Get ready for the hottest summer EVER: Sydney to be HIT by heatwaves and bushfires with a sweltering start to December
- Australia will experience a hotter and drier start to December than average
- NSW will be plagued by fast spreading and out-of-control bushfires
- The whole country is at higher risk of potentially deadly blazes
- Heatwaves are expected to be more frequent throughout summer
PUBLISHED: 16:13 +11:00, 30 November 2016 | UPDATED: 20:16 +11:00, 30 November 2016
Australia is set to swelter through a hotter-than-average start to December with the whole country at a higher risk of bushfires and heatwaves this summer.
NSW and Victoria are at particular risk from fast moving and potentially deadly blazes, after a wet winter caused record vegetation growth.
A hotter- and drier-than-average December is expected to rapidly dry out that blush of green leaving plenty to burn when fires take hold over the summer.
These warnings come in the Bushfire and Natural Hazards Co-operative Research Centre’s latest update, before the seasons rolls over on Thursday.
The centre’s CEO Dr Richard Thornton says complacency could prove deadly this fire season, and the danger grassfires pose must not be underestimated.
‘People associate bushfires with images they see on TV, of forests burning, but the critical thing about the grassfires we’re likely to see this year is that they can be very intense,’ he told reporters on Wednesday.
‘They move very quickly and they can start very easily from something as innocuous as a farmer doing some work in the field, or a person parking a car with a hot exhaust in some grassy areas.’
Dr Thornton cited the devastating grassfires that hit South Australia’s Eyre Peninsula in 2005, killing nine people, and destroying more than 200 buildings and 30,000 head of livestock.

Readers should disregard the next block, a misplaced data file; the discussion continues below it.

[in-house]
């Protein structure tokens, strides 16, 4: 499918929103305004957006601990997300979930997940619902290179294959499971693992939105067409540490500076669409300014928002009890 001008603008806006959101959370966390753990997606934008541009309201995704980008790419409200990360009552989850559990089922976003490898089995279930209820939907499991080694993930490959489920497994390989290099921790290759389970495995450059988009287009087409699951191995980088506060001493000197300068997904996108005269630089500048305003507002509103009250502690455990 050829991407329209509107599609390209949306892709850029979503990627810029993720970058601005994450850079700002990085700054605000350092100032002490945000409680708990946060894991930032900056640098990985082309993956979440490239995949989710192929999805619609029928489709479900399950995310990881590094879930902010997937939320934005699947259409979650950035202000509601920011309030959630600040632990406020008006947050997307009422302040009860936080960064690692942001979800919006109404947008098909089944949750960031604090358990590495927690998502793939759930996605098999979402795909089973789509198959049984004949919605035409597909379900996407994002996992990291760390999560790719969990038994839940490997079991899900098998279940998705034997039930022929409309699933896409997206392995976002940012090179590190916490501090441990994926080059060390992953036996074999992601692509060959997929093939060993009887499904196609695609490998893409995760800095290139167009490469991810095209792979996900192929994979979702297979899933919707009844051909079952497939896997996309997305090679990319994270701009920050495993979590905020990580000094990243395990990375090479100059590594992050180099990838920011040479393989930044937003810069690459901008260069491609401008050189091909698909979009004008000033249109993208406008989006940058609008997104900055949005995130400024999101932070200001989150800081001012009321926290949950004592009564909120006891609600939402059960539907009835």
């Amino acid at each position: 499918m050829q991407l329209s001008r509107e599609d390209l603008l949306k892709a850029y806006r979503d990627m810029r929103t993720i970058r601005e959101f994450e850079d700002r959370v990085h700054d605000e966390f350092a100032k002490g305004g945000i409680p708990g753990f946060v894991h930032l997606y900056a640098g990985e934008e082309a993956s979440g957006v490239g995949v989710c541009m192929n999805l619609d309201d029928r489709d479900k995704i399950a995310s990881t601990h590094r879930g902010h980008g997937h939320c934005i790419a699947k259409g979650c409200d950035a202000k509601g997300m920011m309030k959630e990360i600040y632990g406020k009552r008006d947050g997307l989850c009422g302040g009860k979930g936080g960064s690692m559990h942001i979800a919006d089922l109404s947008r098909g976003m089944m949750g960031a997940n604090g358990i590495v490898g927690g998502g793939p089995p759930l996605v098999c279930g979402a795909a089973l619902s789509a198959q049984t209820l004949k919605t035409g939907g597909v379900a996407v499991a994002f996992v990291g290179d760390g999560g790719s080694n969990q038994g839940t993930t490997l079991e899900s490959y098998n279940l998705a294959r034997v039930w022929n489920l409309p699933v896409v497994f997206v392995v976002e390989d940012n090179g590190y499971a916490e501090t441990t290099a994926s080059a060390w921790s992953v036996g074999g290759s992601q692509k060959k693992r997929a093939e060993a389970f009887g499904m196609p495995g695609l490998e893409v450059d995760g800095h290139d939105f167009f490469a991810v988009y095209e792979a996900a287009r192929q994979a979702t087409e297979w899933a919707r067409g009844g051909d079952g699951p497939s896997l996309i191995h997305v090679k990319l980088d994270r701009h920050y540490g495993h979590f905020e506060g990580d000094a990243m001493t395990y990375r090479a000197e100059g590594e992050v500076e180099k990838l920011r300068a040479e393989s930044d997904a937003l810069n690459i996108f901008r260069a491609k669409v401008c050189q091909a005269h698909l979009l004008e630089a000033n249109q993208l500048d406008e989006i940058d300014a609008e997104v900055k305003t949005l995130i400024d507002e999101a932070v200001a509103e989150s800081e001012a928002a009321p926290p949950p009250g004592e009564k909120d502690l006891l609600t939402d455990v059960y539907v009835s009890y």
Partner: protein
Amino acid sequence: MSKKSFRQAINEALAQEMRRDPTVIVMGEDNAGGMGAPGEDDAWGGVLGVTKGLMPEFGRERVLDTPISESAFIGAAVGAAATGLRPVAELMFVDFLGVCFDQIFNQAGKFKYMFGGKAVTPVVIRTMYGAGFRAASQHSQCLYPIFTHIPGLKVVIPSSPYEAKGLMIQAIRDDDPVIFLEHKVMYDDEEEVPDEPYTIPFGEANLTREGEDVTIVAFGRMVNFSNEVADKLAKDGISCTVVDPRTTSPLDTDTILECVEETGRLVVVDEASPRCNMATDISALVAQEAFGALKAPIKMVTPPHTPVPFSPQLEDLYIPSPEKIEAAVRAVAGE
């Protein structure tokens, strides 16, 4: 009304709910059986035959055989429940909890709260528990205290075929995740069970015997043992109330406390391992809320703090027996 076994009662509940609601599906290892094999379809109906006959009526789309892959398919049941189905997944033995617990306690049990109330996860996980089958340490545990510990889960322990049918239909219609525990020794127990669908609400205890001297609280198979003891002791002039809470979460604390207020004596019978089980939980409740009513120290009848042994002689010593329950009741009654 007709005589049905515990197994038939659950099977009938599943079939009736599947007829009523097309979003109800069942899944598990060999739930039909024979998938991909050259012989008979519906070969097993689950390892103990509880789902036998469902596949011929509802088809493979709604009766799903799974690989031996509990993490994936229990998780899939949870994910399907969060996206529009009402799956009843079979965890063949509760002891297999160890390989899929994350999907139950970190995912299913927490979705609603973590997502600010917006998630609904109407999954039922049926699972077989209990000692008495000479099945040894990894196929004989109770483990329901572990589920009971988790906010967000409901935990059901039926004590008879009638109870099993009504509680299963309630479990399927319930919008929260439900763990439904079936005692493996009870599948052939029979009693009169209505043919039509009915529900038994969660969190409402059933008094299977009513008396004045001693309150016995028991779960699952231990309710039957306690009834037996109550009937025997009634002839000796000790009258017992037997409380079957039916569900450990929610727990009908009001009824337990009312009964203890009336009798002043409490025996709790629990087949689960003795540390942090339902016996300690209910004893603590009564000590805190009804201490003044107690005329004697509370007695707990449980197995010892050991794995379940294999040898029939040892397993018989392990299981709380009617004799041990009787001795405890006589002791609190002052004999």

Most died in their cars as they tried to outrun the fire.
‘On the really bad fire-danger days, with very high winds and very hot conditions, we expect fires to move very rapidly,’ Dr Thornton warned.
HOT WEATHER FORECAST FOR AUSTRALIA THIS SUMMER
– Increased temperatures are expected in the north of the state in December
– Above average temperatures expected to increase danger as prolific grass growth dries out
– Drier and hotter than average December expected
– A high chance of showers and storms at the beginning of the summer month
– Warmer than average temperatures expected
– Increased sea surface temperatures in the western Pacific Ocean may raise the likelihood of increased rainfall over northwest WA during summer
– Cooler temperatures than average are expected
– A hotter and drier-than-average December is expected for South Australia
He said research has shown that while Australians understand this is a country prone to summer fires, they ‘don’t extrapolate that, necessarily, to it being a risk for themselves’.
‘We’ve seen that in interviews with residents, post-fire events, when we asked them about their risk perceptions,’ Dr Thornton said.
‘We’re still finding people don’t have adequate bushfire plans, they haven’t practised those plans, they haven’t written them down. And, importantly, they don’t have fall back positions so that if the first plan doesn’t work, what do they do next?’
Authorities are trying different strategies this year, in a bid to ward off a repeat of the Eyre Peninsula tragedy and the tendency of people to have an inflated sense of their ability to defend their homes from a major fire.
The new message is that the best place to be during a bushfire is somewhere else.
He said Australians in country areas also needed to understand that they may be the first to stumble across a grassfire, and that any warnings that are being broadcast might be out of date.
Dr Andrew Watkins, who heads the Bureau of Meteorology’s Climate Monitoring and Prediction unit, says there’s also an increased risk of heatwaves this summer.
In fact, one that could generate temperatures in excess of 40C is expected to affect southern Queensland and parts of NSW from the first official day of summer on Thursday.
‘The risk of heatwaves is up, particularly for the December period,’ Dr Watkins told reporters.
‘And that’s because our weather systems are a bit further north, and they will be dragging air across the continent into eastern Australia.’